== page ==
AmericanMissive — A friend of mine posted a link to an Op-Ed in the New York Times. The Op-Ed was by Hedrick Smith and entitled “When Capitalists Cared”. I read the article and responded on facebook. I enjoy a discussion about economics and politics, but in this instance it appears, like a Window Salesman, I have overstayed my welcome. Because I enjoy his friendship and do not wish to bombard my friend with more on his facebook page, I have taken this discussion on to American Missive.
To put it simply, I disagreed with the Op-Ed. I do not think I went over the top and turned into a partisan yahoo on the matter. (There was no name calling, and my blood pressure never rose during my reading or commenting on the article. Though, I should know, when the “see more” link starts showing up in your facebook comments, you have probably typed too much.) I just found Mr. Smith’s opinion to be factually lacking and based on false premises.
The reason I read the article was largely because of the title. I consider myself to be a capitalist, so I was curious as to when it was I cared and when it was I stopped caring. Unfortunately, I learned all these events predate my existence so it turns out my heart has no say in the matter. Apparently I am a Capitalist without any colleagues, in a cold, lonely land, with one of two options for a path forward, curl up with time and wither into the shadows, or prey on the less fortunate and rob them of their dignity.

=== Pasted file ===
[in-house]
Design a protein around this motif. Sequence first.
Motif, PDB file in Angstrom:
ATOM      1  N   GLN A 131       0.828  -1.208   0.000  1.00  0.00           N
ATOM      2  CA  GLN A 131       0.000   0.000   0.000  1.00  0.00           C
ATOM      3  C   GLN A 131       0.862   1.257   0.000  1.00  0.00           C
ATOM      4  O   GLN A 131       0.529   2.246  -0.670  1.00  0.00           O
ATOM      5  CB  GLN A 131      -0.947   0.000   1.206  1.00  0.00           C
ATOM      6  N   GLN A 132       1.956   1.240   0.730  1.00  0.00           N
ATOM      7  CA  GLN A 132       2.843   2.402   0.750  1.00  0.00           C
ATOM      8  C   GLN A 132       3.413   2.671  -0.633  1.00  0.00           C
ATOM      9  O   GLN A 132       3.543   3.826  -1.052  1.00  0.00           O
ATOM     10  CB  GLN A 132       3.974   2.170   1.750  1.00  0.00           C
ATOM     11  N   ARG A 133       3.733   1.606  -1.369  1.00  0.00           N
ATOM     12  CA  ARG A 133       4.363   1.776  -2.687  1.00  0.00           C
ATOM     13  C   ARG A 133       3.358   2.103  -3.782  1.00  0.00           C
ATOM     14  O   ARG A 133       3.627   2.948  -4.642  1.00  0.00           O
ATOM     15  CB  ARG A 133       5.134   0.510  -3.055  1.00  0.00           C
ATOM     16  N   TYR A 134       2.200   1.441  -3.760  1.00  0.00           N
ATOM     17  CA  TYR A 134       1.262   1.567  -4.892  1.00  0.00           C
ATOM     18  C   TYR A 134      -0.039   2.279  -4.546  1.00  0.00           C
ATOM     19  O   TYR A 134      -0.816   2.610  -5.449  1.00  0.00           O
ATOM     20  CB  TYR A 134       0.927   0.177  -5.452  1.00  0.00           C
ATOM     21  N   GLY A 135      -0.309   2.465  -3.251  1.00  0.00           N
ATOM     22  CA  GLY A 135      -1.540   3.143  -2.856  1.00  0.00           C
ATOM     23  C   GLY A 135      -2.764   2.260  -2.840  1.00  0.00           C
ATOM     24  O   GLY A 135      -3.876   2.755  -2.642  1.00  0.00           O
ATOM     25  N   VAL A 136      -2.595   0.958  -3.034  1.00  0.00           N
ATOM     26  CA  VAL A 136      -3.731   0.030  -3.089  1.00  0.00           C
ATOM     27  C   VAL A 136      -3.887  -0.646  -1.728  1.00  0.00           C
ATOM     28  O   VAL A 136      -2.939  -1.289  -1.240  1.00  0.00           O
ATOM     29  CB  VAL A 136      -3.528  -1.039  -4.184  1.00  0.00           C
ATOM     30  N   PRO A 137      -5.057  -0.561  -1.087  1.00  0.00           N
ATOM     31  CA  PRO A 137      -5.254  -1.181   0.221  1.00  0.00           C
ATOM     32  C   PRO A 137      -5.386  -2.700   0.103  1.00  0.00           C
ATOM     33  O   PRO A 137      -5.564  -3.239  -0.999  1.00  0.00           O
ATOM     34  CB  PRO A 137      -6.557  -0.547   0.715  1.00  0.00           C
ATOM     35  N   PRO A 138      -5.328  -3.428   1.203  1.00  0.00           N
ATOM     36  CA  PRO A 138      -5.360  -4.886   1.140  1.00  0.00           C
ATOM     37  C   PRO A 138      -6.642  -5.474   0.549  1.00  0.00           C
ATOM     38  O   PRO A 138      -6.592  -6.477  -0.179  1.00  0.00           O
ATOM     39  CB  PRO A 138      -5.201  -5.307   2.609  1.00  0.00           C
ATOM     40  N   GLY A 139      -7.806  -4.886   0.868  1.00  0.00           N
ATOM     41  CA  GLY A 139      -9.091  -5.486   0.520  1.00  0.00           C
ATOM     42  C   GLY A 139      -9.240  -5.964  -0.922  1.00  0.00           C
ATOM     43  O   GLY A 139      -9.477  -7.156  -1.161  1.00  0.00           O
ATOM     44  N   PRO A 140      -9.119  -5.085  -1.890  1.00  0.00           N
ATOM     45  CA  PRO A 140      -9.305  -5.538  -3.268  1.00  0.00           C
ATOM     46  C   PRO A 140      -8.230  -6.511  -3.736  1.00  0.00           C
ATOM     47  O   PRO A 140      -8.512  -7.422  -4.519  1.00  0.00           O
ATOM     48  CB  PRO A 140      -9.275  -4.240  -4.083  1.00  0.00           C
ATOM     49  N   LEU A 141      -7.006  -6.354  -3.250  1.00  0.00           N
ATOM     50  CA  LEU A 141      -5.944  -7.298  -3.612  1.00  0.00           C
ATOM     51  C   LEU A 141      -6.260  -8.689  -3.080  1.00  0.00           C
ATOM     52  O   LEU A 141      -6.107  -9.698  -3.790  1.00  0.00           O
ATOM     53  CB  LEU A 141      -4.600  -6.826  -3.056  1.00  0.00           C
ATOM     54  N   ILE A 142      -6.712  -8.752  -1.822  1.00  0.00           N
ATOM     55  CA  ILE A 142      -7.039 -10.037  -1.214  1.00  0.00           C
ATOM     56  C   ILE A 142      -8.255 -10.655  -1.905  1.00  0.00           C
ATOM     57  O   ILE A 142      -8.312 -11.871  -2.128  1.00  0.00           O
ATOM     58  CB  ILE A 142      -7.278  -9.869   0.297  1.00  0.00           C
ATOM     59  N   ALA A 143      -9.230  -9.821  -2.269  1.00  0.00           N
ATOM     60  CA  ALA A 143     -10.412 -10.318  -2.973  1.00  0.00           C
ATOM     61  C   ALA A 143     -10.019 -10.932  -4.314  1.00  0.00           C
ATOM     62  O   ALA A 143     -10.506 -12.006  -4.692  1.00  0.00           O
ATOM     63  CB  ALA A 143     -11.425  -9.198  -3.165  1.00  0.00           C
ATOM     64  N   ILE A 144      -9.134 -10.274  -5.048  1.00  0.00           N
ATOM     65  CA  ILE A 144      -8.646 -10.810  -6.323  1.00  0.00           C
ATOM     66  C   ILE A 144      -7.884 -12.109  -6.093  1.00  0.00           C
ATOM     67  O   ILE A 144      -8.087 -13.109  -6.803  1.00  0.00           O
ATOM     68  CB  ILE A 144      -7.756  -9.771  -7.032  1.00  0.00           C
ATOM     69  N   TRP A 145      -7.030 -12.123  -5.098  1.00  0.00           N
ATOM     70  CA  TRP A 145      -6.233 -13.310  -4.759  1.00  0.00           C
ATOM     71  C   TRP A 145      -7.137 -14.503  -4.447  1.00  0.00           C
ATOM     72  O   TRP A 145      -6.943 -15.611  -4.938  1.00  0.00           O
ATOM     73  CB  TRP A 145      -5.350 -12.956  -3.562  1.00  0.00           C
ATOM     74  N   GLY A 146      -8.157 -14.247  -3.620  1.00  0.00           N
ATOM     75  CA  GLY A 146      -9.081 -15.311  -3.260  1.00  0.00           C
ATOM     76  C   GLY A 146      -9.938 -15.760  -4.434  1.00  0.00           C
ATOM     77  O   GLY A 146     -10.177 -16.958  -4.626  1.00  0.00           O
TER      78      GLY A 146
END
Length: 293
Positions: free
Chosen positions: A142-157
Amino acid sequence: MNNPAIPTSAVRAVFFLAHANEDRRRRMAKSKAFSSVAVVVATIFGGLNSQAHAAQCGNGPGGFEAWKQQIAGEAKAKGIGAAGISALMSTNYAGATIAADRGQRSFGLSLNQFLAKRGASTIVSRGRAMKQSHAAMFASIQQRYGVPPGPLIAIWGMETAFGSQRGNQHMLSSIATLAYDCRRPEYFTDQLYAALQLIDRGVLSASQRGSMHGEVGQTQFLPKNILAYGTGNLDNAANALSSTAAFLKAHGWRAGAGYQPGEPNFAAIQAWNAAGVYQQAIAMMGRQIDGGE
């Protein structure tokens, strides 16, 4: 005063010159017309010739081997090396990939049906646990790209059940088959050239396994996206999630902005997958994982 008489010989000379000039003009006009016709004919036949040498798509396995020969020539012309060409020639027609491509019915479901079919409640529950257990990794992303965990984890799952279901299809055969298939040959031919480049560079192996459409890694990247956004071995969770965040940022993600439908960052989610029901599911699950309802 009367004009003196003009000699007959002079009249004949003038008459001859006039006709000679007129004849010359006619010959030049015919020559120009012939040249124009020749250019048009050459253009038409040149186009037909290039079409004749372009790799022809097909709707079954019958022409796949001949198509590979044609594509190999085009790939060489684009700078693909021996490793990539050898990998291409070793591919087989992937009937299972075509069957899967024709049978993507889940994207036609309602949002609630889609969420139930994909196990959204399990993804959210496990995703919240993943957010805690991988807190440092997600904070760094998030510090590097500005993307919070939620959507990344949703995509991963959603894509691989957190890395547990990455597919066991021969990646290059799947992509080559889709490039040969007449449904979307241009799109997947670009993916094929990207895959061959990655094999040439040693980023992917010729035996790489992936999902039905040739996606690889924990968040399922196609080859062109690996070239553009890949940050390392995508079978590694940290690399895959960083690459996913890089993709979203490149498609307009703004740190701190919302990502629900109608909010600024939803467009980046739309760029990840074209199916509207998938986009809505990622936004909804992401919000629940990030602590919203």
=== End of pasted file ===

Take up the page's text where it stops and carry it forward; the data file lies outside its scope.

I stipulated that Mr. Smith was presenting a false premise on potentially two fronts. The first would be juxtaposing total aggregate wages with the profits of a minority of businesses employing only a small fraction of the total American Labor pool. And the second was rooted in his conclusion:
“step beyond political rhetoric about protecting wealthy “job creators” and grasp Ford’s insight: Give the middle class a better share of the nation’s economic gains, and the economy will grow faster.”
On the first premise, I found the opinion to be based on a simplistic view of historical economic events. Mr. Smith gave little weight to the invention of the microchip, demonstrated a misunderstanding of economies of scale, a seeming lack of knowledge of German apprenticeships and governmental economic policies rooted in austerity, and the disregard for the scale of impact the 2 billion workers India and China poured into the labor market in the 90′s. His simplistic view of economic history was coupled with a gross misrepresentation of for whom the vast majority of the American middle class works. Or at least, would work if they were not unemployed or working part time.Continue Reading on americanmissive.com